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The eyebrows appear bushy. Inflammation of the limbus and keratoconjunctivitis sicca are often present and reported to resemble Sjögren syndrome.
Infants appear large at birth with a large forehead and macrocephaly. Birth weight, length, and head circumference are usually above the 97th percentile. The mandible appears large and the lips are full and ‘fleshy’. Dentition is delayed. Recurrent stomatitis and gastroesophageal reflux have been noted. Closure of the fontanels is delayed. Hypotonia and hyperflexible joints can be a feature.
Multiple brain anomalies have been described including cortical atrophy, dilated and asymmetrical ventricles, and mild hydrocephalus. Psychomotor development and milestones are delayed. Intellectual disabilities, syncope, hypoglycemia, seizures, apneic episodes, mood anomalies, abnormal gait, and general clumsiness may be present. There was considerable clinical variation among the six reported patients.
Heterozygous mutations in RNF125 (18q12.1) are responsible for this syndrome.
No treatment is known.
Lisch iris nodules similar to those seen in neurofibromatosis are found in some but not all patients with Watson syndrome.
Short stature and low normal intelligence are the most consistent features. Pulmonic stenosis and cafe-au-lait spots are also common. The macrocephaly is relative and not striking. Neurofibromas have been seen in a minority of patients.
Mutations in the NF1(17q11.2) gene have been identified in members of several large pedigrees with an apparent autosomal dominant pattern.
The LEOPARD syndrome(151100) shares some clinical similarities such as short stature, pulmonic stenosis, cognitive deficits and cafe-au-lait spots but is caused by mutations in PTPN11. The phenotype also resembles Noonan syndrome in some aspects.
There is no known treatment for this condition but multidisciplinary management is recommended for isolated problems.
Retinal ganglion cells become dysfunctional as a result of the toxic accumulation of intra-lysosomal GM2 ganglioside molecules causing early visual symptoms. These cells in high density around the fovea centralis create a grayish-white appearance. Since ganglion cells are absent in the foveolar region, this area retains the normal reddish appearance, producing the cherry-red spot. Axonal decay and loss of the ganglion cells leads to optic atrophy and blindness.
Sandhoff disease may be clinically indistinguishable from Tay-Sachs disease even though the same enzyme is defective (albeit in separate subunits A and B that together comprise the functional enzymes). The presence of hepatosplenomegaly in Sandoff disease may be distinguishing. The infantile form of this lysosomal storage disease seems to be the most severe. Infants appear to be normal until about 3-6 months of age when neurological development slows and muscles become weak. Seizures, loss of interest, and progressive paralysis begin after this together with loss of vision and hearing. An exaggerated startle response is considered an early and helpful sign in the diagnosis. Among infants with early onset disease, death usually occurs by 3 or 4 years of age.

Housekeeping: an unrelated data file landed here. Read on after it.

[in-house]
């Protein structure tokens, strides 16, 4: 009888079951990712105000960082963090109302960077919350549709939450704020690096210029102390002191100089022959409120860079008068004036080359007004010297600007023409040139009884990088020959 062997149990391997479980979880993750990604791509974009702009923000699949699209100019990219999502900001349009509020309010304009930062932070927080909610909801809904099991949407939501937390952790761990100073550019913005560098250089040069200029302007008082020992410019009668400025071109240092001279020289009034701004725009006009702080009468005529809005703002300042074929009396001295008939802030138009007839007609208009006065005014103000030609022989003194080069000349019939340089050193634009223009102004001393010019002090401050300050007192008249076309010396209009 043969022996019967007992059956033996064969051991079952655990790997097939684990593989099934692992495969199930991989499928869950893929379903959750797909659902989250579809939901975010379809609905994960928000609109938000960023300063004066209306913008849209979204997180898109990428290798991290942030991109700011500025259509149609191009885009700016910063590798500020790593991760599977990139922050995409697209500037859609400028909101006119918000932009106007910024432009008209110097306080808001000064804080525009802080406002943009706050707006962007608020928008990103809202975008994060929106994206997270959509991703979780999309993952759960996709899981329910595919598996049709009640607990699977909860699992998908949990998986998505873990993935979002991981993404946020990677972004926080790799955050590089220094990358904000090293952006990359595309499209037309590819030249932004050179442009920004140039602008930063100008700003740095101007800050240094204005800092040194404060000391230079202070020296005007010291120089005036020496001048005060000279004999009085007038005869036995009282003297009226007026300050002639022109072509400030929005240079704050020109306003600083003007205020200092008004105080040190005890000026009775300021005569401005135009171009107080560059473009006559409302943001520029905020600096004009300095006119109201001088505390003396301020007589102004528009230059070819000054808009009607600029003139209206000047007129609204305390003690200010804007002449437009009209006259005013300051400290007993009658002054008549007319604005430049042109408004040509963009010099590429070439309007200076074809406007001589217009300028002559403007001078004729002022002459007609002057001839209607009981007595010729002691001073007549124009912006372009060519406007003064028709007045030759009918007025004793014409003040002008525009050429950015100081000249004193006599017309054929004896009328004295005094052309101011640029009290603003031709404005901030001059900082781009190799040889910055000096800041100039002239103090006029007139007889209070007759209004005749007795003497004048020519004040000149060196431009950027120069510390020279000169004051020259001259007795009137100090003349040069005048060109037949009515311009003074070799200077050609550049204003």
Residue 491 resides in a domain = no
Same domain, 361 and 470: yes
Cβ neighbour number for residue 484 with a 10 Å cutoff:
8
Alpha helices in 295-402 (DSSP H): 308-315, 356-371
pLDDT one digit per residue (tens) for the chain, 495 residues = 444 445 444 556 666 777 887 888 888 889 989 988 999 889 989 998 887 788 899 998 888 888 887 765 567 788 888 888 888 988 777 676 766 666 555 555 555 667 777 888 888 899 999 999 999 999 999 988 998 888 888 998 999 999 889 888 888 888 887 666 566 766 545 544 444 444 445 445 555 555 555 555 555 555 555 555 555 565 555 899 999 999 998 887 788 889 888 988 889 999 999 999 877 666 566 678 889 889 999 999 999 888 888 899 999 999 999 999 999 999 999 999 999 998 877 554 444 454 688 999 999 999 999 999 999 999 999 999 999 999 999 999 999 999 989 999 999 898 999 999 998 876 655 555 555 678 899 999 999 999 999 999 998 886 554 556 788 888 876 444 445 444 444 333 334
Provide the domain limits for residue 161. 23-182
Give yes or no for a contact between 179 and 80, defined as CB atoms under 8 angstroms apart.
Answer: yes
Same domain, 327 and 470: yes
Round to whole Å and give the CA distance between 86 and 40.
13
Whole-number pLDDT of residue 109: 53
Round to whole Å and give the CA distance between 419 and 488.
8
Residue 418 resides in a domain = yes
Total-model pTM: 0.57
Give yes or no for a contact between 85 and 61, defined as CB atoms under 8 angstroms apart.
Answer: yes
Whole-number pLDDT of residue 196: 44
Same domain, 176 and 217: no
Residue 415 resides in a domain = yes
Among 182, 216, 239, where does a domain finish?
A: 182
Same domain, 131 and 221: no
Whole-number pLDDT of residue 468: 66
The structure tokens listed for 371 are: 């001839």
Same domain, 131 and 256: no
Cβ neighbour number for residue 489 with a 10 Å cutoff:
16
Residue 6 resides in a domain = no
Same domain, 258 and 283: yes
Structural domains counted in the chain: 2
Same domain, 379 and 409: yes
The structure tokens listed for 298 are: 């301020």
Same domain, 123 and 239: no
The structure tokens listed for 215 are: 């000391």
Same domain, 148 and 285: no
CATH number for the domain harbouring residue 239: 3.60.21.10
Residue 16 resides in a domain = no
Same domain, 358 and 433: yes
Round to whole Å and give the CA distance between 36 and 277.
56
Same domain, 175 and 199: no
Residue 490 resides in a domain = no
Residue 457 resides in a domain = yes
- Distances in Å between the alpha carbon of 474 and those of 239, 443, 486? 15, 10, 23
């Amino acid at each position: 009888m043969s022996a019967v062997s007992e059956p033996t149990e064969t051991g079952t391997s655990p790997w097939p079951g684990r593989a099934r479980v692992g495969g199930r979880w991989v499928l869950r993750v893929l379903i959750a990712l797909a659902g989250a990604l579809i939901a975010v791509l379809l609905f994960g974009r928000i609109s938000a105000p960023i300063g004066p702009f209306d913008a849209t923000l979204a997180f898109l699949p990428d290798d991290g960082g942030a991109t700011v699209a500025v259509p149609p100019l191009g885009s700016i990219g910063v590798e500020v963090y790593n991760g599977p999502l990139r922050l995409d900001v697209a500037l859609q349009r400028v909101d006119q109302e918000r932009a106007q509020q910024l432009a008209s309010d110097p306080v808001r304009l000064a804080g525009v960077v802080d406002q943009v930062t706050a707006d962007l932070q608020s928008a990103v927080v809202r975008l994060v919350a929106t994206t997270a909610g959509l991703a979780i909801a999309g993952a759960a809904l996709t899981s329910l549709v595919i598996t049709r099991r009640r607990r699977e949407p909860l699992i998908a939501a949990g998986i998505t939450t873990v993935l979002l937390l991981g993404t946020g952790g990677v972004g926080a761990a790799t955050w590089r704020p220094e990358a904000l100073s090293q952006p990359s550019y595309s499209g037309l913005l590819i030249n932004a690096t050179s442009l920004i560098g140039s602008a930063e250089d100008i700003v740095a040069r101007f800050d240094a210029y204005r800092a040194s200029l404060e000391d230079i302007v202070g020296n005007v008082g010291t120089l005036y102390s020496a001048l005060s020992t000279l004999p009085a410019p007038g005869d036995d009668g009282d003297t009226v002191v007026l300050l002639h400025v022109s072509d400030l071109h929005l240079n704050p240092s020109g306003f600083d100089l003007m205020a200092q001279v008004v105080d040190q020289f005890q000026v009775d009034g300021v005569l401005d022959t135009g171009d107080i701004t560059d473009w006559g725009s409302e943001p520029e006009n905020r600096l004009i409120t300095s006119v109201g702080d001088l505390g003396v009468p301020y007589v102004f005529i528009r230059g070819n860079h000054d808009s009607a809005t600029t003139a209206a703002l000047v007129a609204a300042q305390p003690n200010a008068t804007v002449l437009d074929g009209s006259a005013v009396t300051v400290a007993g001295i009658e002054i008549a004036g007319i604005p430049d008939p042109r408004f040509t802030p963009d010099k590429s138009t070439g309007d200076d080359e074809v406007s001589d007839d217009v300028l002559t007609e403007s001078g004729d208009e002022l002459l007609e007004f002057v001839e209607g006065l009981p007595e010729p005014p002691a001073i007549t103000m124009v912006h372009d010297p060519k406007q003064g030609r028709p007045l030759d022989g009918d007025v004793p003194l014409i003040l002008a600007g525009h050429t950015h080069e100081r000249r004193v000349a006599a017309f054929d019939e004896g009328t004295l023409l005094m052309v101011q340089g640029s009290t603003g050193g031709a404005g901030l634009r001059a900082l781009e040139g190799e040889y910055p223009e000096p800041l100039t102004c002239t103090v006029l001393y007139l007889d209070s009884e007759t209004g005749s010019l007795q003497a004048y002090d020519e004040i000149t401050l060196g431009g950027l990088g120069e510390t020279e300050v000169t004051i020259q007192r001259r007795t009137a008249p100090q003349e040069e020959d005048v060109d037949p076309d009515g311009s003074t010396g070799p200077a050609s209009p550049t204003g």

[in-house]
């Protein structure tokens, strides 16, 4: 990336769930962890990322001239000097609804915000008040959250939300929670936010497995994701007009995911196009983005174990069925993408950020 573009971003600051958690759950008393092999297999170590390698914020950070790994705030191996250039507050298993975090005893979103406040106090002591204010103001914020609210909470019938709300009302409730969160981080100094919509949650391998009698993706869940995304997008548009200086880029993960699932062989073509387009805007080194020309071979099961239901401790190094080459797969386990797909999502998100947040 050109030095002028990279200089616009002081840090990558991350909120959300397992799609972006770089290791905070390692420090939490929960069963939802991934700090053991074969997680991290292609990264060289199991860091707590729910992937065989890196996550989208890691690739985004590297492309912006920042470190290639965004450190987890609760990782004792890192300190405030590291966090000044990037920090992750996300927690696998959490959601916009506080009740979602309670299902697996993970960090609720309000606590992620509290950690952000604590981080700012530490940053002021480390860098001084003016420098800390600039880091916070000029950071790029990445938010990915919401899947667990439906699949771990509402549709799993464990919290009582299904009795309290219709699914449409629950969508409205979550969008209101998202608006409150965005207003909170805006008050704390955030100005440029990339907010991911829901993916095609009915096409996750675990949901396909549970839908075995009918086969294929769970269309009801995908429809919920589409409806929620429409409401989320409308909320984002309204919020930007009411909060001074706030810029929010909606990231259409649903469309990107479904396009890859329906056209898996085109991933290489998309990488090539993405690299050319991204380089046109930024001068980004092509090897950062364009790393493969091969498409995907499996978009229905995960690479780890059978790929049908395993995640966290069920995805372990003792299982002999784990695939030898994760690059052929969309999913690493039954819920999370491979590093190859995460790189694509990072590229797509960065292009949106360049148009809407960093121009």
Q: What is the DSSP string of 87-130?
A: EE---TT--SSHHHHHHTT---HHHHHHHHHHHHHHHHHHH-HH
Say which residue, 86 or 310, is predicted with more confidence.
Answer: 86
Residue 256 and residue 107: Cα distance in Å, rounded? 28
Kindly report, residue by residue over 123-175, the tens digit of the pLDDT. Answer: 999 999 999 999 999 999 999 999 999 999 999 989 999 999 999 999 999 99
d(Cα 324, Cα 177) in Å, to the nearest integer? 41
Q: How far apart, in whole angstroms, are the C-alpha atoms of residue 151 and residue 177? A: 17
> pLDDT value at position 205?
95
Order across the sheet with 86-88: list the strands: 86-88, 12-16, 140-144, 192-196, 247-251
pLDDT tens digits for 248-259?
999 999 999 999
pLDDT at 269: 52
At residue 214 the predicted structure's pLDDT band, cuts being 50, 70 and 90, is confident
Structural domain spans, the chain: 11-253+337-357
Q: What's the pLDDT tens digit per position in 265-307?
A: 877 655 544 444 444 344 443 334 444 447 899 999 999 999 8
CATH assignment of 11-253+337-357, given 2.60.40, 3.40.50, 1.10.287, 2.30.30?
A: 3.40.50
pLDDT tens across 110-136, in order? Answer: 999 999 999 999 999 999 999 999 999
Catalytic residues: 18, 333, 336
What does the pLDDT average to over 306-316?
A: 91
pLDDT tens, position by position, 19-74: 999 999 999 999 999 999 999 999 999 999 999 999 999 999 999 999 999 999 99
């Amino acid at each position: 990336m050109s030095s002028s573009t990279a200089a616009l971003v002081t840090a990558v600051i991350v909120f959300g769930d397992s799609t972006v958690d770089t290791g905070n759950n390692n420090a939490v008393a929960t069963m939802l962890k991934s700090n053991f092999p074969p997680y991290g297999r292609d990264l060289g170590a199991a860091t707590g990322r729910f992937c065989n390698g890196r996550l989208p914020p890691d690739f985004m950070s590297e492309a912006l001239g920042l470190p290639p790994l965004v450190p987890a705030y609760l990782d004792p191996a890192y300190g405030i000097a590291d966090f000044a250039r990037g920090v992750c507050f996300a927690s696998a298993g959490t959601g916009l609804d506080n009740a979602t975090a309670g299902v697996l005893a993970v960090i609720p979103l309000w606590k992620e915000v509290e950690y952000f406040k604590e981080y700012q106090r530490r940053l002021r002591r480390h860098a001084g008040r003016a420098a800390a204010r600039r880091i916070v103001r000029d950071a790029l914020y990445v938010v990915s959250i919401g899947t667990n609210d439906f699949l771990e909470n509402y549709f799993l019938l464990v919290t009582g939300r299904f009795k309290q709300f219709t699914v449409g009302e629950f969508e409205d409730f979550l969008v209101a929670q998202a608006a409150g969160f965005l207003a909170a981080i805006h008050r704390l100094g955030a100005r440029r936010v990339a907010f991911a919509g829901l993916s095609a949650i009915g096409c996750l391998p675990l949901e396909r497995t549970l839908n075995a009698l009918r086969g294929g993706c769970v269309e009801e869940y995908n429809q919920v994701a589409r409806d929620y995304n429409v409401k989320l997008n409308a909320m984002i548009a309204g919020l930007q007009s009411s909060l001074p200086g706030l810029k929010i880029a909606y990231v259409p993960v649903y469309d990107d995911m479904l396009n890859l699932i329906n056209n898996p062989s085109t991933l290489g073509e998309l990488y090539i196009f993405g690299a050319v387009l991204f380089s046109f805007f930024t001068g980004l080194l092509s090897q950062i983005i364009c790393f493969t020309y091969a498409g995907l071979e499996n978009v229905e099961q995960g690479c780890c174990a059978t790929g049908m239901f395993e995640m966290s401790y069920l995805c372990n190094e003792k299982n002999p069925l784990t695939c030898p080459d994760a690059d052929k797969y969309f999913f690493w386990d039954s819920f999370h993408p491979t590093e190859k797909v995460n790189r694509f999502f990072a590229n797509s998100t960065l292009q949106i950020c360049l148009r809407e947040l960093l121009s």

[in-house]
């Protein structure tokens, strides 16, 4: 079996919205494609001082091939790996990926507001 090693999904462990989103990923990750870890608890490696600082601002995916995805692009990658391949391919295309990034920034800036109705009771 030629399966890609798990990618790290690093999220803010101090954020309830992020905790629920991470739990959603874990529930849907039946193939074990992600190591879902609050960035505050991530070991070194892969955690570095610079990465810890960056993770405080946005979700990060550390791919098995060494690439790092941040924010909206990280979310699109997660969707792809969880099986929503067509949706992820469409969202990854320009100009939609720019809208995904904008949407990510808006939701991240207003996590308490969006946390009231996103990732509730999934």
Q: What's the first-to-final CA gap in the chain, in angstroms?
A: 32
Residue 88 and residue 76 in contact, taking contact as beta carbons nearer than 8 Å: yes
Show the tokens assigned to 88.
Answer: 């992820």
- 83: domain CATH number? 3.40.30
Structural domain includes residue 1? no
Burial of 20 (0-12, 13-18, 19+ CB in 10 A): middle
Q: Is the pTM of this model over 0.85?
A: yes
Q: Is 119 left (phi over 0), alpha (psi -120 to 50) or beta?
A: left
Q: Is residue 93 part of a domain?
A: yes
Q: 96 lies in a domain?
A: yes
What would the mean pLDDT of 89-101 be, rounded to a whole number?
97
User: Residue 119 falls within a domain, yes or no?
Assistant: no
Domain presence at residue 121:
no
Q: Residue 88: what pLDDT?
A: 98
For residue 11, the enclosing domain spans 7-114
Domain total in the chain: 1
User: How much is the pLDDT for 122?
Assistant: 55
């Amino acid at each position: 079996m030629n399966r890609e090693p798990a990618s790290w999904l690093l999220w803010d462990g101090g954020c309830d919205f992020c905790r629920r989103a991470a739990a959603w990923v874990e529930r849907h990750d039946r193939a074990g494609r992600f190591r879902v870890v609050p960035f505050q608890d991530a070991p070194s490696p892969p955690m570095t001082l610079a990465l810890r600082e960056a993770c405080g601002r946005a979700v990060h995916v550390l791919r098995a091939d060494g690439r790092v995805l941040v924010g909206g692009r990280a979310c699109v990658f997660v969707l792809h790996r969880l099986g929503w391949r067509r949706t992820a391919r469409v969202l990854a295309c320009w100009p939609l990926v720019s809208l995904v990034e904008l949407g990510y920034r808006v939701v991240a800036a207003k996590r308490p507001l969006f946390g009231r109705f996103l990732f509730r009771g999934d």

Ataxia with spinocerebellar degeneration, motor neuron disease, dementia, and progressive dystonia are more common in individuals with later onset of neurodegeneration. The juvenile and adult-onset forms of the disease also progress more slowly.
Sandhoff disease results from mutations in the beta subunit of the hexosaminidase A and B enzymes. It is an autosomal recessive disorder caused by mutations in HEXB (5q13).
Tay-Sachs disease (272800) can be clinically indistinguishable from Sandoff disease and they are allelic disorders. However, the mutation in Tay-Sachs (272800) is in HEXA resulting in dysfunction of the alpha subunit of hexosaminidase A enzyme.
No specific treatment is available beyond general support with proper nutrition and maintainence of airways. Anticonvulsants may be helpful in some stages. Gene therapy in fibroblast cultures has achieved some restoration of hexosaminidase A activity in Tay-Sachs disease and may have potential in Sandhoff disease as well.
The core complex of Strømme syndrome consists of intestinal atresia and ocular abnormalities of the anterior segment. The ocular anomalies seem to be limited to the anterior segment with variable amounts of angle dysgenesis, anterior synechiae, corneal leukoma, and sometimes megalocornea. Posterior chamber and optic nerve anomalies have been ruled out in a few cases. Glaucoma has not been reported. Only about 10 cases have been reported since Strømme 's first report in 1993. Most patients have been too young for reliable acuity testing.
The intestinal atresia seems to involve the jejunum primarily and is usually surgically correctable. Some developmental delay is common while the microcephaly seems to be progressive. Short stature has been noted and the amount of developmental delay is highly variable.
This disorder is presumed to be autosomal recessive but only one family with sibs has been reported and other single cases have been found around the world. No locus has been identified.
Infants do well following intestinal surgery. Ocular surgery has not been reported.